Windows Warning Alert

Windows Warning Alert

Browser hijackers such as the Windows Warning Alert can be very annoying and for someone who’s never had anything to do with one before – they can also be pretty startling. All the unwanted changes caused by these programs can get users thinking they might have contracted some virus or malicious program.

Windows Warning Alert

The Windows Warning Alert will display pop up messages.

These changes include a new homepage or default search engine in your favorite Chrome, Firefox, Opera, Edge or other browser of choice. In addition, many users report frequently being redirected to various sponsored websites. Furthermore, every website you visit seems to have clusters of ads on it: popups, banners, in-text links, box messages and more. This sudden bombardment with online ads like this is irritating, frustrating and can frankly be quiet hindering, especially if it’s something you need to deal with on a daily basis. One of the latest browser hijackers that we have been receiving reports about is called Windows Warning Alert Scam. Like most hijackers, removing Windows Warning Alert Scam may take a little extra effort, as opposed to any regular program. And we have just the thing to help you do that – our special removal guide below.

The Windows Warning Alert Scam

The Windows Warning Alert Scam is classified as a browser hijacker and they are online advertising tools, serving the interests of the marketing industry and, more specifically, those vendors and distributors of products and services that get promoted with the help of the all those ads.

Programs like Windows Warning Alert Scam are, as pointed out above, often confused with viruses. In fact, if you go online and search for any given browser hijacker, you will likely find lengthy articles and forum posts describing them as malicious. And the truth couldn’t be farther away. There are some substantial differences between malicious programs such as Trojans, ransomware, worms and the like and browser hijackers like Windows Warning Alert Scam. For one, a hijacker cannot self-install on your system, which is exactly what viruses do. And more importantly, hijackers don’t aim to cause any damage to your computer or to you. As for malware – that is precisely the purpose it exists for!

You could actually call software of this type a rather profitable (and legal!) business model. The developers make money based on Pay Per Click and Pay Per View remuneration systems, whereas tons of products and services gain more exposure in return. So, that is to explain the insane amount of advertising that’s been going on as you browse the web, ever since Windows Warning Alert Scam appeared on your computer. However, as great as this may sound, these advertising-driven programs often also turn to rather unsavory tactics to accomplish their mission. For one, they can track and monitor your browsing activity. That way they can gain a better understanding of your interests at the current moment. And this is important for the purpose of optimizing the advertising campaigns and squeezing out more profit out of those clicks and views. After all, you will be more likely to interact with an ad that’s advertising something of interest to you, rather than just some random ad.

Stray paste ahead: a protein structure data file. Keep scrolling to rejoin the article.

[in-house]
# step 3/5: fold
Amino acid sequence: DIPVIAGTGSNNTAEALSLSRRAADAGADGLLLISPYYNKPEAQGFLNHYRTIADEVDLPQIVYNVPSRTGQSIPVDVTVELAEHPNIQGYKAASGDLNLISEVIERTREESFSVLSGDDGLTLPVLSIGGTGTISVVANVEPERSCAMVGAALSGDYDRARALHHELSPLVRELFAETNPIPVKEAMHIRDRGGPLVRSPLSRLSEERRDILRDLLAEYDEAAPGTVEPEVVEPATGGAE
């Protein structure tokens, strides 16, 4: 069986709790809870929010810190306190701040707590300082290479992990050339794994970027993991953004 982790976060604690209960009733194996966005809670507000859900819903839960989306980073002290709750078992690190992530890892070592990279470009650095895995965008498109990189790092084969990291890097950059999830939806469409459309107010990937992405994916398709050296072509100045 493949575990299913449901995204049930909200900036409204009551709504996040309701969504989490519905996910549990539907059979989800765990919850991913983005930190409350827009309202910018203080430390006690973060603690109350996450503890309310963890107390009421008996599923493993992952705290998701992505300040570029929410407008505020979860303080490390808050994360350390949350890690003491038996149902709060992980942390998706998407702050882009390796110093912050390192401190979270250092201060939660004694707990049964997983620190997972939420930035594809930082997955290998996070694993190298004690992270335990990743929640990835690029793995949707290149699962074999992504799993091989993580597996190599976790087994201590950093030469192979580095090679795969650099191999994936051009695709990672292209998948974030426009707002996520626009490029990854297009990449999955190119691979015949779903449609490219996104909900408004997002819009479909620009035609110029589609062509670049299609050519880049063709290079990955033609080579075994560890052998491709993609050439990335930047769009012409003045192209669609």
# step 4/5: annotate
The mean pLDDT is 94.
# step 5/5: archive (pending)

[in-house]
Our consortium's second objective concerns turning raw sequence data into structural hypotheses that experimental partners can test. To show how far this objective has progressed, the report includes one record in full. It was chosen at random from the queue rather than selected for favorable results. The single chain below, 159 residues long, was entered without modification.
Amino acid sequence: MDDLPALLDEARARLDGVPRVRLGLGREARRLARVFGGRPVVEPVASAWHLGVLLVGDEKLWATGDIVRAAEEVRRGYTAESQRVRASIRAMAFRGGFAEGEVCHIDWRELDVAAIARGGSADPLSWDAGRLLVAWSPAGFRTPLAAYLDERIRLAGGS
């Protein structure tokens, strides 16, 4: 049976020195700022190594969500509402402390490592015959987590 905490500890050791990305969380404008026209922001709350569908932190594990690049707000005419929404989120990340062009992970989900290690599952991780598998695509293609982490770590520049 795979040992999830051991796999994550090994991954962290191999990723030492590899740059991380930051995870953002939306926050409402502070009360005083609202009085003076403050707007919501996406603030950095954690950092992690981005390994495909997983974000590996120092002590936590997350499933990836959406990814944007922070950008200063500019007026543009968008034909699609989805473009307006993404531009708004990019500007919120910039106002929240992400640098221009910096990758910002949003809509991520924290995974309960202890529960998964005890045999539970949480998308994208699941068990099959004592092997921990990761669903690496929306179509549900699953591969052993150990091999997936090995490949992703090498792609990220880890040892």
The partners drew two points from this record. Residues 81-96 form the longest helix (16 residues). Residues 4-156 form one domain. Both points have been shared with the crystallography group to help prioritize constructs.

However, seeing as most users don’t know they have actually authorized these processes themselves, they don’t really see why they should tolerate them. This is also one of the reasons why browser hijackers like Windows Warning Alert Scam are generally referred to as potentially unwanted programs or PUPs. Furthermore, they have other unwanted side effects, such as slowing down your computer and potentially just compromising its overall performance. In addition, software of this type can also make your computer more susceptible to external threats, like the viruses we talked about earlier.

But if you authorized the advertising processes of Windows Warning Alert Scam without knowing it, how can you possibly know to prevent them? It’s really quite simple. The vast majority of infections with browser hijackers occur as a result of rushing through the installation process of other software. Windows Warning Alert Scam was likely incorporated in the setup of some program you recently downloaded and installed. The key is to avoid using the more comfortable and ‘lazy’ installation options, such as the Default or Automatic ones. Instead, opt for the more detailed Advanced or Custom options that will give you more freedom to manually customize the setup. That way you will also be able to exclude any added components, such as hijackers, from the setup.


Name Windows Warning Alert Scam
Type Browser Hijacker
Danger Level Medium (nowhere near threats like Ransomware, but still a security risk)
Symptoms  A new homepage or default search engine in your favorite Chrome, Firefox, Opera, Edge or other browser of choice; frequent page redirects; numerous online ads
Distribution Method The vast majority of infections with browser hijackers occur as a result of rushing through the installation process of other software
Detection Tool

Keep in mind, SpyHunter’s malware detection tool is free. To remove the infection, you’ll need to purchase the full version. More information about SpyHunter and steps to uninstall.